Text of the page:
Daily News (Perth), July 7, 1978, p. 6.
LONDON, Today (AAP): Iron ore millionaire Lang Hancock has decided that “yelling his head off” in Australia is not doing enough to sway Canberra.
So today he brought his campaign against government meddling in private enterprise to Britain.
“Before you can correct something you have to expose the trouble,” he said today as he listed the things which were deterring overseas investment in Australian development projects.
The Federal Government’s decision not to go ahead with the threatened resources tax was one hurdle that had been removed, Mr Hancock said, but others remained.
The variable deposit rule, the Foreign Investment Review Board and export licensing were among the worst of the Government bars to foreign investment, he said, and Canberra must stop “changing the rules once the ball has bounced.”
Mr Hancock’s immediate problem is to find a market for the iron ore which would enable him to open a new, huge mine in the Pilbara.
But given the present state of the world steel industry that is not an easy task.
“We’ve got four great mines in Australia,” he said, “and I would like to build a fifth, right now, despite the world slump. My daughter and I have legal title to more reserves of iron ore than the total reserves of the United States and Canada combined, but at the moment we can’t find a market for it.”
“What we are looking for is a captive market in exchange for which we’ll give a captive source of supply.”
Some time ago the scene was looking better. Mr Hancock had lined up a deal with Japan which would have covered 18 million tonnes of ore a year for 20 years. Had that deal turned into a signed contract, he could have raised the necessary capital.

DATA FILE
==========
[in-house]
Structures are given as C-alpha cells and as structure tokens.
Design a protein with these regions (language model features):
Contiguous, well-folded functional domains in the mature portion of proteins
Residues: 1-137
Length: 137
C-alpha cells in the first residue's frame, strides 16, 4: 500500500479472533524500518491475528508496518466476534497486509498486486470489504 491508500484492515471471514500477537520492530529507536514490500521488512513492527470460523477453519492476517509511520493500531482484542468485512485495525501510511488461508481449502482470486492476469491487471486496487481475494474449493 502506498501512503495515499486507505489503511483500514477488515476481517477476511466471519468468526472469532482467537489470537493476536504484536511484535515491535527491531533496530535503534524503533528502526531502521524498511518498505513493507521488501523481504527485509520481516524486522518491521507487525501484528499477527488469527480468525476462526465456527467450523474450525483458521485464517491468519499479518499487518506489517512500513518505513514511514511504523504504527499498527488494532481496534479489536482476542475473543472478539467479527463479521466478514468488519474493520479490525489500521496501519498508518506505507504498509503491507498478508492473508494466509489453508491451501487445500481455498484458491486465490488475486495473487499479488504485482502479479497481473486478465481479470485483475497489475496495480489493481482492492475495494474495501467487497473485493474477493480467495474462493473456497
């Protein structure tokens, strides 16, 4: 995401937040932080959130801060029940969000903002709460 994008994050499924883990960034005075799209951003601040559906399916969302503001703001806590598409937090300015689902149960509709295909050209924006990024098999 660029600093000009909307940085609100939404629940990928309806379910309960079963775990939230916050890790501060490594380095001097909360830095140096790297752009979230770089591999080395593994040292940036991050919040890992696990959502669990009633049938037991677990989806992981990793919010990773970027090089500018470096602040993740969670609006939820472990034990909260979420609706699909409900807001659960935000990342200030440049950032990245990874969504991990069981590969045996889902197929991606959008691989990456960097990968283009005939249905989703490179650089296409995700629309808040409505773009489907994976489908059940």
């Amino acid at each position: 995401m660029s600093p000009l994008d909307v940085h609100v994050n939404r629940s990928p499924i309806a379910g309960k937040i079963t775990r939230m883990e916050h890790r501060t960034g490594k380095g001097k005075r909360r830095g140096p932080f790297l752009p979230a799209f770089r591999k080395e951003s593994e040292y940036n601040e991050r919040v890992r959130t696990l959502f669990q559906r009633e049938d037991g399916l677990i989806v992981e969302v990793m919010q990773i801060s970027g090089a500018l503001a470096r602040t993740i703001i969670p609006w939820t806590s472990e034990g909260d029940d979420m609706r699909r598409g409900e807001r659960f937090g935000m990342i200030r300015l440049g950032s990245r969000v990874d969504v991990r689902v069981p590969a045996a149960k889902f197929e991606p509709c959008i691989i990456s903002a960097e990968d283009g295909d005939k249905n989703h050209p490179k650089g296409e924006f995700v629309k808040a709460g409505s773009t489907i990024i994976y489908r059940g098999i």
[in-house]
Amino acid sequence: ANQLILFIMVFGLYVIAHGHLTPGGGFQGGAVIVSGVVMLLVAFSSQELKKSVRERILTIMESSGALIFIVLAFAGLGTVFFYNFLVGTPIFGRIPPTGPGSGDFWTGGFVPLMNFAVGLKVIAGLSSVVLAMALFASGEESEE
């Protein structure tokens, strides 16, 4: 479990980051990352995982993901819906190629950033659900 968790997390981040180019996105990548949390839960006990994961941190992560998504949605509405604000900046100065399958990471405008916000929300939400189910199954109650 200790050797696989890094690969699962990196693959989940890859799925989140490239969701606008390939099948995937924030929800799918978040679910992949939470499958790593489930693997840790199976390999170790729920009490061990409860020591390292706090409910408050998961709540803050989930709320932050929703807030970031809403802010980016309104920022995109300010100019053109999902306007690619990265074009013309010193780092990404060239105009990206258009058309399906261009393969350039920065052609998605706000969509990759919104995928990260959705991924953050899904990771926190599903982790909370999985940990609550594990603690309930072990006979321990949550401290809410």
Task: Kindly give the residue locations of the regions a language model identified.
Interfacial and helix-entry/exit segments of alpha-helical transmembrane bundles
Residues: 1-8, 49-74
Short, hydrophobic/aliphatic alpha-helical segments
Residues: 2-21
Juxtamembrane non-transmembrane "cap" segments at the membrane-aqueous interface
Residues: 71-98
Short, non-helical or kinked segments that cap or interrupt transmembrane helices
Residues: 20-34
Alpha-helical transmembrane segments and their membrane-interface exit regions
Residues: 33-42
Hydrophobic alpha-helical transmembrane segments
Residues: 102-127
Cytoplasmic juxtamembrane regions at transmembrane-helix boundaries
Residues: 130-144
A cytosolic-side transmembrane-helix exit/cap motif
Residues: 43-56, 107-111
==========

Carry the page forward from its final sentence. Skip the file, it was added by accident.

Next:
But the Japanese pulled out, and now the discoverer of Hamersley is trying to set up a deal which will leave Japan out altogether.
That means finding a steel producer sufficiently confident that the industry’s problems will be resolved in eight or ten years to contract now for future ore purchases.
Mr Hancock knows he won’t find that producer in Britain, but he says there are private enterprise steel makers in Europe who are making a profit and he hopes he will be able to persuade them that by signing with him how they will be able to “skim the cream” from the huge reserves yet to be exploited in the Pilbara.
Apart from the general problems of the steel industry, Mr Hancock now faces government restrictions in Australia which, he says, had they existed in the 1960s would have prevented the Pilbara mines ever getting under way.
The restrictions were largely brought in by the Labor Government, he says, but the present government is just as bad: “The parties are only different in name.”
The real government he said, was the ever-expanding bureaucracy in Canberra, and Prime Minister Fraser had so far shown himself powerless to stop it.
“Canberra’s inmates are without knowledge or experience in commercial matters,” he said. “We are now suffering from the disadvantage of third generation Canberra-born civil servants who are isolated in the cocoon of Canberra from the cradle to the grave, and are thus protected from acquiring any knowledge of the economic climate which is necessary to allow industry to create jobs.”
Communist-controlled unions, and manufacturing lobbies in Canberra which engaged in sweetheart deals with unions and wrote their own ticket on tariffs and quotas, knowing they could recover the costs, were other factors acting against Australian development.
And then there was “the media.”
Newspaper proprietors must not offend the manufacturers or they risked advertising revenue. They could not expose union working or they faced strikes, and their journalists were “easily, for most part unknowingly, handled by the bureaucracy, who are extremely capable in the field of expansion, survival and leakage.”
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